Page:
Bookish Things

The Advice that Didn’t Make It Into My Book

It’s officially been 4 months since I published my first book, “How to Become a Grown-Ass Woman!”

In case you’re new to this blog, I published my first book through Amazon in October of last year. My book is a short compendium of modern advice for women in their 20s and 30s. In the book, I cover a wide array of topics, including relationships, careers, side hustles, and big life changes.

I’ve been overwhelmed by the amount of positive feedback I’ve gotten from Amazon readers, Goodreads, book reviewers, and friends. Although I want to take my future writing into fiction, writing a self-help book has been an amazing experience.

In the interest of keeping my book short and sweet, I ended up having to cut down quite a bit of content in each chapter.

Here is some of the advice that didn’t make it into the book!


Realize that anything worth working toward takes time. Many products and programs out there promise big changes in really small time frames. (Think lose 30lbs in a single month diet programs.) But in my life, I’ve had to work hard to resist the temptation of these “shortcuts.” Building muscle takes time. So does adopting better eating habits or practicing good sleep hygiene.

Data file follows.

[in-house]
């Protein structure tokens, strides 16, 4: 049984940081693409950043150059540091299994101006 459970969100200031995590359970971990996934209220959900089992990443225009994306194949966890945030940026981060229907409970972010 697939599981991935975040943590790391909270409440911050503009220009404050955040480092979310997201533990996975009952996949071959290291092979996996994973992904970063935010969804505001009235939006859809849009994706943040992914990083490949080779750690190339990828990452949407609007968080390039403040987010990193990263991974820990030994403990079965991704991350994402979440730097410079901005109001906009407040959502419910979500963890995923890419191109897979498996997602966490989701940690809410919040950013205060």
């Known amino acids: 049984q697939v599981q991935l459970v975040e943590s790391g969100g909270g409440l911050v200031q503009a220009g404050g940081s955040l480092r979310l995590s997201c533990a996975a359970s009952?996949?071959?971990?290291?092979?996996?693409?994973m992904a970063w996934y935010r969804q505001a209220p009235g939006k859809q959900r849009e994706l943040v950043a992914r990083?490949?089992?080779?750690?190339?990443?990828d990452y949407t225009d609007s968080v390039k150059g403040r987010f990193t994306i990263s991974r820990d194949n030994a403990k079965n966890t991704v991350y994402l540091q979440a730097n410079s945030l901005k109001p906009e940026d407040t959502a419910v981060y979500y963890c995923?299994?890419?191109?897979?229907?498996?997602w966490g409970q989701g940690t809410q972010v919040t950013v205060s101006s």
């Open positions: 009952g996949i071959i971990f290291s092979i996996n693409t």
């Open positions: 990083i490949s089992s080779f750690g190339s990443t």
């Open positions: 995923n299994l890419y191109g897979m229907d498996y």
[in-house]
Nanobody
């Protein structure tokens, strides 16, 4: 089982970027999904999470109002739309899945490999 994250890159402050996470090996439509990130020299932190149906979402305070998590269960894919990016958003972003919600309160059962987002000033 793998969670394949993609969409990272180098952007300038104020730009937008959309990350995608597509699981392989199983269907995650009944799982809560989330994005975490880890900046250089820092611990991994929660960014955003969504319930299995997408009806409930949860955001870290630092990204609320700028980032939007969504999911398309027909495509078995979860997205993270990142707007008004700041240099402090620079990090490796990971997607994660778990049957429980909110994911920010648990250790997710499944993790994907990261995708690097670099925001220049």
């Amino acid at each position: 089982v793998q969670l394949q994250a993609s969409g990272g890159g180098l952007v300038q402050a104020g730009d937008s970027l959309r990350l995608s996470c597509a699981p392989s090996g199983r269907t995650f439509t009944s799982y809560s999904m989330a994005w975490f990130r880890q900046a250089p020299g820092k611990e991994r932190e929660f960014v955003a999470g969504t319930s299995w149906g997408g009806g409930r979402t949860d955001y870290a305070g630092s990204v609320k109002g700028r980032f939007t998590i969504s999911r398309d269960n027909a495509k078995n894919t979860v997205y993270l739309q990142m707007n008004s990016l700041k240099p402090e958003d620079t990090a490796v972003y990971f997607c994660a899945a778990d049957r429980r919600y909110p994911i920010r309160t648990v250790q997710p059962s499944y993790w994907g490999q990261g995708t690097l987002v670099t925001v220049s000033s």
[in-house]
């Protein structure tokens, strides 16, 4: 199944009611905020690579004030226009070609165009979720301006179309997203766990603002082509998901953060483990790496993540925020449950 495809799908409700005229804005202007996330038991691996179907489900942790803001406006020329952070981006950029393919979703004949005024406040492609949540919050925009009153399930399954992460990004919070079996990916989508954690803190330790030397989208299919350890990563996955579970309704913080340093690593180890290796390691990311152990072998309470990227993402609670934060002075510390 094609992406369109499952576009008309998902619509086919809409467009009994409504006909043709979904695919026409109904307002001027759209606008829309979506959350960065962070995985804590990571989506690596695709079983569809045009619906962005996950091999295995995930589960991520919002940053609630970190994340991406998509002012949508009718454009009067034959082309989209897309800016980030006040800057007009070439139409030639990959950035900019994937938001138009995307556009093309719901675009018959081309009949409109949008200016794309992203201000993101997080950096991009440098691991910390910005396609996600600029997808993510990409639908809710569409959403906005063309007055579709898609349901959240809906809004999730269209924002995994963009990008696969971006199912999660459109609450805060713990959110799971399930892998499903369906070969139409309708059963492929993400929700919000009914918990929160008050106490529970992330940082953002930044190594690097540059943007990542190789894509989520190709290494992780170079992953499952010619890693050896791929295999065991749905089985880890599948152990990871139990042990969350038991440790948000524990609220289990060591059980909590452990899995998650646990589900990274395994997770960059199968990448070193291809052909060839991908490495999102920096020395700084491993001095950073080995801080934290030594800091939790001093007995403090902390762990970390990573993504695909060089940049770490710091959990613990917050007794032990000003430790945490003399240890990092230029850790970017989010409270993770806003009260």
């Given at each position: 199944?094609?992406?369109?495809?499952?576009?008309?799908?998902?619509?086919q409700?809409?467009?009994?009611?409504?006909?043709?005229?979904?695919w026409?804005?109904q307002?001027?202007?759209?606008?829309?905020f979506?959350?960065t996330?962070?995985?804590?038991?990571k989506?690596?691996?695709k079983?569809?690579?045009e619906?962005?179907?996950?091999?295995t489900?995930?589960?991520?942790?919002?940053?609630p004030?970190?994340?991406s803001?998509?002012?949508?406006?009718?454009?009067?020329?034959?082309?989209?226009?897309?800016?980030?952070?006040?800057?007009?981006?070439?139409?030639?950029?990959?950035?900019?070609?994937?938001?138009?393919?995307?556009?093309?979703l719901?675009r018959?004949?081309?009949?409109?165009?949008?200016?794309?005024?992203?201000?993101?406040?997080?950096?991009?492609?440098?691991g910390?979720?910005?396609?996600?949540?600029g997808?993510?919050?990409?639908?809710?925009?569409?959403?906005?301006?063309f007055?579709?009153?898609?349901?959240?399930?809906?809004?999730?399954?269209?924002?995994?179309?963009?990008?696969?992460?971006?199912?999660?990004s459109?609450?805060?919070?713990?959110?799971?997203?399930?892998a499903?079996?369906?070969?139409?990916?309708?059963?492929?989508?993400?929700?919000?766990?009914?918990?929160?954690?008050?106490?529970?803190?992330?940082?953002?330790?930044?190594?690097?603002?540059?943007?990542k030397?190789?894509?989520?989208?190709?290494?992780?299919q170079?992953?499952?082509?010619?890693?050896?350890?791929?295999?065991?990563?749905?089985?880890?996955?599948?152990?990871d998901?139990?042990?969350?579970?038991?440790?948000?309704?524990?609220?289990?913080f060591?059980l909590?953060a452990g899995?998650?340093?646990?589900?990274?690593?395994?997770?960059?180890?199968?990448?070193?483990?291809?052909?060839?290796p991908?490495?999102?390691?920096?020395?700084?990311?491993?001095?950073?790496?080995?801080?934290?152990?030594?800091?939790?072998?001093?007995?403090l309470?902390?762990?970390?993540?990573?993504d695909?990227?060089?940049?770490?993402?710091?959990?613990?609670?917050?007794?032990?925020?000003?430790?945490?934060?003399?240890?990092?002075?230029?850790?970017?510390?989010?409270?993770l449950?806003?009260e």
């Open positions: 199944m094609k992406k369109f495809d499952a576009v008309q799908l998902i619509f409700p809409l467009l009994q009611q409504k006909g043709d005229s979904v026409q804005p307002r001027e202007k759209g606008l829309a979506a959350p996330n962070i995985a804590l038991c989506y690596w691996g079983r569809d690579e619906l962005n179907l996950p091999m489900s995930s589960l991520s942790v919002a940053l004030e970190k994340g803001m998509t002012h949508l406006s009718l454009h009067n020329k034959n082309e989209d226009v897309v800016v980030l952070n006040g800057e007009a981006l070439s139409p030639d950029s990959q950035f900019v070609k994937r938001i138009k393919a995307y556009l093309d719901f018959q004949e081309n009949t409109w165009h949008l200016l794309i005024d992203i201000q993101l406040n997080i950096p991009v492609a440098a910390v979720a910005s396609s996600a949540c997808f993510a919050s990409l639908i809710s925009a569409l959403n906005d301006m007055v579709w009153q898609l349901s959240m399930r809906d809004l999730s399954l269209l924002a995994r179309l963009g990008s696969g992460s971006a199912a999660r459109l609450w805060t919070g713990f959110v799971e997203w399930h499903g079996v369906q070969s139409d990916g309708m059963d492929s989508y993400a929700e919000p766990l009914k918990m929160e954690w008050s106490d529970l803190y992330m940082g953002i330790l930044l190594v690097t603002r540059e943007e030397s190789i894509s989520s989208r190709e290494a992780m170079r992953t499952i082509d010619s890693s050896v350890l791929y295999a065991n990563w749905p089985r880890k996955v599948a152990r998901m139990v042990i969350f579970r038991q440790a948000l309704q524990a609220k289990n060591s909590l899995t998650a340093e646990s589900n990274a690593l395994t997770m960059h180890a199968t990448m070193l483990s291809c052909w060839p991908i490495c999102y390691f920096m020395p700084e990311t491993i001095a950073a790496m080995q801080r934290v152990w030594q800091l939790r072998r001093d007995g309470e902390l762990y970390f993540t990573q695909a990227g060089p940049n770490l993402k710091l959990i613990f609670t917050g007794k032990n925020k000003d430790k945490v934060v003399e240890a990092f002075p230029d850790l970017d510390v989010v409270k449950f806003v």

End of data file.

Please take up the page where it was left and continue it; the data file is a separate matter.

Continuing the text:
Don’t be afraid to negotiate pay or salary. If a company revokes an offer because they think you’re asking for too much, it’s not a place that you’d want to work at anyway.


Figure out the best way for you to approach and pay off your debt. There are many methods to paying off debt. Some prefer to save up and then make a large payment; others like to throw small amounts at a balance to keep interest payments low. Both options are fine, it’s just whatever works best for you. I personally prefer to take my spare cash each paycheck and divide it in two: Half goes to the credit card debt and half goes to savings so I still feel like I’m paying myself a bit.


Know when to suck it up and go. I think most people enjoy the feeling of canceling plans or saying no to happy hour every now and then. And it’s well within your right to do so if you’re not feeling social from time to time. But to maintain a friendship, it’s important to know when to suck it up and go to happy hour. Good hints include whenever somebody is crying, has big news, or going through something traumatic.


Clearly define the “rules” of your relationship early on. This doesn’t need to be a formal sit-down but throughout the beginning of a relationship, you should ideally communicate with each other about what makes you tick. What things are important for the other person to do? What are your dealbreakers, i.e. cheating, horrible breath, etc.? Having these conversations early on helps set up expectations for later on so nobody feels blindsided.

Do any of these tips or ideas resonate with you? Feel free to share on social media and tag me! (@crafty_cay on Instagram and Twitter)

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